By Kim Hart
Washington Post Staff Writer
Wednesday, July 5, 2006; D01
Disgruntled customers used to have little recourse against poor service and broken promises.
But as angry clients increasingly turn to the Internet to settle scores, companies, independent retailers and everyday wrongdoers are learning that consumers can have the last word -- and often the last laugh. The Web has turned into a place where shame and humiliation are sometimes the strongest weapons in fighting scams and unfairness.
AOL got burned last week, for example, when an exasperated customer recorded and broadcast online a service representative's emphatic reluctance to cancel his service. Comcast Corp. fired a technician after a videotape surfaced purporting to show him asleep on a customer's couch. The clip became popular on Web sites such as amateur video site YouTube. People are also using the Internet to retaliate against common thieves and discourtesies. A popular blog on Friday posted voice mails from a man demanding that his date pay him back for half the dinner check after the romance fizzled. In June, a New York man posted pictures online of a girl who allegedly refused to return his friend's T-Mobile Sidekick that had been taken from a taxicab. The Web site became popular among other victims of cellphone theft, and it led to the girl's arrest. And there also was the South Korean woman who was humiliated last year when she didn't clean up the mess her dog left in the subway after a fellow train rider posted a photo of the incident on a popular Web site.
"There's no question that publicly shaming someone, whether it is a politician or a company, is the best way not only to get their attention but to change their behavior," said Jeff Chester, executive director for the District-based consumer-advocacy group Center for Digital Democracy. "People are going to be very sensitive to it."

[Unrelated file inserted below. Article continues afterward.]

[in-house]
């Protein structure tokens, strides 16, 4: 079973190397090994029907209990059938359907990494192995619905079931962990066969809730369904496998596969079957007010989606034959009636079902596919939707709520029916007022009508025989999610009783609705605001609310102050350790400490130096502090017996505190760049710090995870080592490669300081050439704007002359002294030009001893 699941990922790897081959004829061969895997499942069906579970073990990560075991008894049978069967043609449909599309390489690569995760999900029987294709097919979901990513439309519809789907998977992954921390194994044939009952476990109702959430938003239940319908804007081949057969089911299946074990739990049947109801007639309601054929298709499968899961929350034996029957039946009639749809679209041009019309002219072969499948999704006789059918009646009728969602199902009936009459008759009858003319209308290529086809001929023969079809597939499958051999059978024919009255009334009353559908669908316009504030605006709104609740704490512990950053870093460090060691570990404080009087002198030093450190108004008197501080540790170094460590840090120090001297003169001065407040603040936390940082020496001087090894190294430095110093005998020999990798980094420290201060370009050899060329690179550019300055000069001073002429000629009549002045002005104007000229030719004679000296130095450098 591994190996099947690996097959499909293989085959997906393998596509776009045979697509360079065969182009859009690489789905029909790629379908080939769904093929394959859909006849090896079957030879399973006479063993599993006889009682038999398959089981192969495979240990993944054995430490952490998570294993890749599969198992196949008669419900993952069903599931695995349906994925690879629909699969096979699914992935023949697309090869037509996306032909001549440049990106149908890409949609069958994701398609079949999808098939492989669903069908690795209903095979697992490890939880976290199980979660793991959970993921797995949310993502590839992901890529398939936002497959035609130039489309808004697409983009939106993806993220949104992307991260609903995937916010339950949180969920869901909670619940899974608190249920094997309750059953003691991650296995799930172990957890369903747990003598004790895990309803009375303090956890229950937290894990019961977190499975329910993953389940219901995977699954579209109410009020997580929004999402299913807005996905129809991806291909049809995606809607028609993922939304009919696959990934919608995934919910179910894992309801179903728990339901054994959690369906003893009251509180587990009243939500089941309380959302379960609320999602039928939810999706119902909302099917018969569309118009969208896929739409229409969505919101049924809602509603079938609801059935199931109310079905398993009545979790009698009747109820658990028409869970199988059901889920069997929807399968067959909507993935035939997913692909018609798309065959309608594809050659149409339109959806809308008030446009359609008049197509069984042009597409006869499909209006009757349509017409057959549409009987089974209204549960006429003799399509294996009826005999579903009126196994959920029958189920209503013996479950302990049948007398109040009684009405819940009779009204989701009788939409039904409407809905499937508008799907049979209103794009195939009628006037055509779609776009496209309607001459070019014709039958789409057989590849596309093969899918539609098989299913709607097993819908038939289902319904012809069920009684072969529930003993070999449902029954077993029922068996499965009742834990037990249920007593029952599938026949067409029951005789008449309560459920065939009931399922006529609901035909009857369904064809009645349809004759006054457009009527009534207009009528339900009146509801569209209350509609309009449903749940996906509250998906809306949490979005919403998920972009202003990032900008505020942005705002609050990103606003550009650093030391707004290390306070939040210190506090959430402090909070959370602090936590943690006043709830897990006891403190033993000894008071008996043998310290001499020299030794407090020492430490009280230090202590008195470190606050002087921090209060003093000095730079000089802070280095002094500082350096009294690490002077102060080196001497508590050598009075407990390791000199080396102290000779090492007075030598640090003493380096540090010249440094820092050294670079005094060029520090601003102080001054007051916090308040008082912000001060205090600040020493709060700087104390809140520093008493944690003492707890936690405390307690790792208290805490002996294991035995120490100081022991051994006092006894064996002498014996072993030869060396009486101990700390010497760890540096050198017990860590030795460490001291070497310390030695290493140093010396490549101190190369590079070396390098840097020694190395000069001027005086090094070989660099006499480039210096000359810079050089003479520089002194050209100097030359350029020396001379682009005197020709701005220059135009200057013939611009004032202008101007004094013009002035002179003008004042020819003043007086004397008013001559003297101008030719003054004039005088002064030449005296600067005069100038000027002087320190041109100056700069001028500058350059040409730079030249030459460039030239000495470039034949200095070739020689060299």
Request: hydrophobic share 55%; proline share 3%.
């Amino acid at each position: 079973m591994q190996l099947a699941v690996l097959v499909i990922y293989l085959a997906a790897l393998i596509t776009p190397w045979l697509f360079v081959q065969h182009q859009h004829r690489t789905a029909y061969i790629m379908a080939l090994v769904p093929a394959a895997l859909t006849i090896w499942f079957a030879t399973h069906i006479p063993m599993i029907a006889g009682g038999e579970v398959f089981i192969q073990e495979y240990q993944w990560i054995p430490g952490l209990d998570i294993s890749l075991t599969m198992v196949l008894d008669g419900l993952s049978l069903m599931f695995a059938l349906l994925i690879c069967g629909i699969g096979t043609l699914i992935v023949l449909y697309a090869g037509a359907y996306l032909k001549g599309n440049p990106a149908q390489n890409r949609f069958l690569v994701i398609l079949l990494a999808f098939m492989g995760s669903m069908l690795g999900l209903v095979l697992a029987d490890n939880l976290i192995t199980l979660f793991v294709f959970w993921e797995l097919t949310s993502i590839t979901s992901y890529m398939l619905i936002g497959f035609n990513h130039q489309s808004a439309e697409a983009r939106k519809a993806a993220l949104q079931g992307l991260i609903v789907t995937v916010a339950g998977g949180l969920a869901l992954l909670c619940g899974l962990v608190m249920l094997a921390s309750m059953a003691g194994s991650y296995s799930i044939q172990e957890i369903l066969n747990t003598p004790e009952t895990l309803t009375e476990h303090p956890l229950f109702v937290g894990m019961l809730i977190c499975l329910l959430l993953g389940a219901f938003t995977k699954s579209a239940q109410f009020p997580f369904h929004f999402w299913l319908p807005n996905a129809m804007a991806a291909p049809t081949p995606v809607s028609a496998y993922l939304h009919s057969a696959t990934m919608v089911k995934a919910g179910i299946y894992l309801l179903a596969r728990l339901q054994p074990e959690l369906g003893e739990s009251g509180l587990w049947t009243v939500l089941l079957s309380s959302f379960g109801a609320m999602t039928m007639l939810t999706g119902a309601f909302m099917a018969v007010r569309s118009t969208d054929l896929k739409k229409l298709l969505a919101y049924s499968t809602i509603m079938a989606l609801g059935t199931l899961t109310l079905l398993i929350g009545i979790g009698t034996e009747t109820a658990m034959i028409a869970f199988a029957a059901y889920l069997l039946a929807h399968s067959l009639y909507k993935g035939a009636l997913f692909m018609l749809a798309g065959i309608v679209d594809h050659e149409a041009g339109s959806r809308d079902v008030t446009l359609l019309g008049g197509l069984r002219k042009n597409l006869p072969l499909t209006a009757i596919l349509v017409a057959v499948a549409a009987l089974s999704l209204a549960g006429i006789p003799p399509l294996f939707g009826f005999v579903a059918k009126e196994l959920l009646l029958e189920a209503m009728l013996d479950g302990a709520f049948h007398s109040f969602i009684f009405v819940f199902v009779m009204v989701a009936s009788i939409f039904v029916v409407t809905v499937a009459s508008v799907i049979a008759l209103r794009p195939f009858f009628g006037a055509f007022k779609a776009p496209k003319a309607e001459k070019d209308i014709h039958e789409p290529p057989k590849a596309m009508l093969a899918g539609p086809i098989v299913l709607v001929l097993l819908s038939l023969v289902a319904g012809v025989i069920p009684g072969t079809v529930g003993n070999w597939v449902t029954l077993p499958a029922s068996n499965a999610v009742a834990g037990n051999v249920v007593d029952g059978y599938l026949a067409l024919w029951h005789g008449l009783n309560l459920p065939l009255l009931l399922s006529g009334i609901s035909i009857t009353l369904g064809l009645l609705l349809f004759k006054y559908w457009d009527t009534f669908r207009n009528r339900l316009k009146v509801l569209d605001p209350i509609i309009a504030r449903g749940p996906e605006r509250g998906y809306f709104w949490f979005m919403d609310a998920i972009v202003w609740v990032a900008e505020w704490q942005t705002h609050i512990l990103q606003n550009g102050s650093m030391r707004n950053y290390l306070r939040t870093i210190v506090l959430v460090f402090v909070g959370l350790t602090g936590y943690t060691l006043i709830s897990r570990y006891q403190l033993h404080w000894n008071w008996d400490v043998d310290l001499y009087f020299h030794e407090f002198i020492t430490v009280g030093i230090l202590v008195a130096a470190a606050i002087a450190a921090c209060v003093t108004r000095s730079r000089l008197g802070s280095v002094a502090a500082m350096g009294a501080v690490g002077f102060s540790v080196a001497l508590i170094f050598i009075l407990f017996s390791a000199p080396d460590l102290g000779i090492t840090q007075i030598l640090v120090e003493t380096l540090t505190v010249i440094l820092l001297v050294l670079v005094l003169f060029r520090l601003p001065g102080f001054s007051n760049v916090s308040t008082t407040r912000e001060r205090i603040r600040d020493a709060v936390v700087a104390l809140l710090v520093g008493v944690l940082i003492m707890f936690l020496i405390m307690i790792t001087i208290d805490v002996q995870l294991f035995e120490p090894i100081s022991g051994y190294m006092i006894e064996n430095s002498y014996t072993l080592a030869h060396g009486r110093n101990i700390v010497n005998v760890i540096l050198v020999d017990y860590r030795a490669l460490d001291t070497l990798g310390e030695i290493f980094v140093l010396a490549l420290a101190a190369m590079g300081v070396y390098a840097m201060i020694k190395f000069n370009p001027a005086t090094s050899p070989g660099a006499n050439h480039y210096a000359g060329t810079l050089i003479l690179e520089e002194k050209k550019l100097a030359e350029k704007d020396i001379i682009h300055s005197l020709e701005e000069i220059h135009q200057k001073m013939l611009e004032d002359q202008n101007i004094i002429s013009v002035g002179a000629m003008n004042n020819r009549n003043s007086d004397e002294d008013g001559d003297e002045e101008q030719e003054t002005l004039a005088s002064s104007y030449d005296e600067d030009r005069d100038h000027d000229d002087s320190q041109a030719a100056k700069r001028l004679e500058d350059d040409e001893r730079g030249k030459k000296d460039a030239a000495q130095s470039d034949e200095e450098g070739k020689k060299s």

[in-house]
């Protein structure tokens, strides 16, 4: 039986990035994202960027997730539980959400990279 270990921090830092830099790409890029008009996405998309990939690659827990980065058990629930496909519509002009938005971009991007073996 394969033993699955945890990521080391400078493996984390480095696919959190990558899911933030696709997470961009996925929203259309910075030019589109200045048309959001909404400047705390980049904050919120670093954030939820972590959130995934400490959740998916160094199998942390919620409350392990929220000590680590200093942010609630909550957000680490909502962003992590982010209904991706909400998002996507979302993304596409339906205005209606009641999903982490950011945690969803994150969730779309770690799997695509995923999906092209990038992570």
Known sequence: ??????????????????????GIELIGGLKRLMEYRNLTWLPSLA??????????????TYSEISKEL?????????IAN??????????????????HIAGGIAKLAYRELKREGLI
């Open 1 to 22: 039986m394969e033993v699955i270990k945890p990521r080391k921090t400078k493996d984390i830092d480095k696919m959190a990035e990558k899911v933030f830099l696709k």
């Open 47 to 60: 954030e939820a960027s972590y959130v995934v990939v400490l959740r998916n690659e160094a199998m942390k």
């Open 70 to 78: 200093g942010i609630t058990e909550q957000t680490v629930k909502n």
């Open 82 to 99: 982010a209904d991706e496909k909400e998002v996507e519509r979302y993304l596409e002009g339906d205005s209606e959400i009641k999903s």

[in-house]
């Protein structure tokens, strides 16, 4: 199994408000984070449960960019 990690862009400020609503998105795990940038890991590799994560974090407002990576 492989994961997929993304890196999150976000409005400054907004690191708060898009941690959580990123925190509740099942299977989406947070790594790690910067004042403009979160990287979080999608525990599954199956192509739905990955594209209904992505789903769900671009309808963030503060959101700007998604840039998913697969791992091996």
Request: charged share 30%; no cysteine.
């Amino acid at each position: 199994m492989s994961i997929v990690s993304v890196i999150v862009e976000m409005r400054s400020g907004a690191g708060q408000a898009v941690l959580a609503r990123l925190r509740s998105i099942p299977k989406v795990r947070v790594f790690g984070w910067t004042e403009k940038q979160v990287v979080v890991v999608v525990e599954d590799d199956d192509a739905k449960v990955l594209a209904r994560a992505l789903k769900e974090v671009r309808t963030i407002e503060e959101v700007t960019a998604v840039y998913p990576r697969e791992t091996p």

Online disgrace creates so much buzz on blogs and in the media that companies are beginning to realize the devastating public relations effects brought on by these grass-roots expos?s, said Gemma Puglisi, assistant professor of communications at American University.
"This has been a wake-up call for these companies," she said. "The day where you send a little letter to the CEO is over. In the age of technology, you have to be even more careful of how you treat your customers because you don't know where they're going to go. Now everything's out in the open."
The Internet has long been a forum for rants about unsatisfactory service and faulty products. Just about every major retailer has a consumer-created counter-site that lists complaints, and dozens of all-purpose sites allow people to share their opinions on everything from apartment complexes to car dealers.
"I think the inherent nature of the Internet brings out the inner complainer in us," said Joe Ridout, a spokesman for Consumer Action, an advocacy group in San Francisco. "To get back at people who are out to steal or swindle, shaming may be a reasonable response."
There are so many anti-company sites that some customer service representatives are fighting back by starting their own sites to complain about annoying customers.
Such sites are also useful in showing a company's true character, Ridout said.
"Anything that produces more information, anything that penetrates this slickly manicured image, is useful information," he said.
The rise of user-generated commercials gives angry consumers yet another opportunity to get their message on the Internet. In March, Chevrolet added a feature on its Web site that allowed visitors to piece together images and text to create an ad for its Tahoe sport-utility vehicle. But anti-SUV activists used the site to make a negative commercial condemning the vehicle for harming the environment.
Such watchdog-type content has "become invaluable as a way of checking on firms, as well as countering them," Chester said.
But even as these public-shaming campaigns continue to crop up, the well-oiled marketing machines of the targeted companies will overcome the negative publicity in the long run, he said.
"As the Internet becomes more ad-supported, it's questionable if consumers and users will have any real clout," he said. "Will a Fortune 500 company hear the sound of one angry blogger in the digital forest?"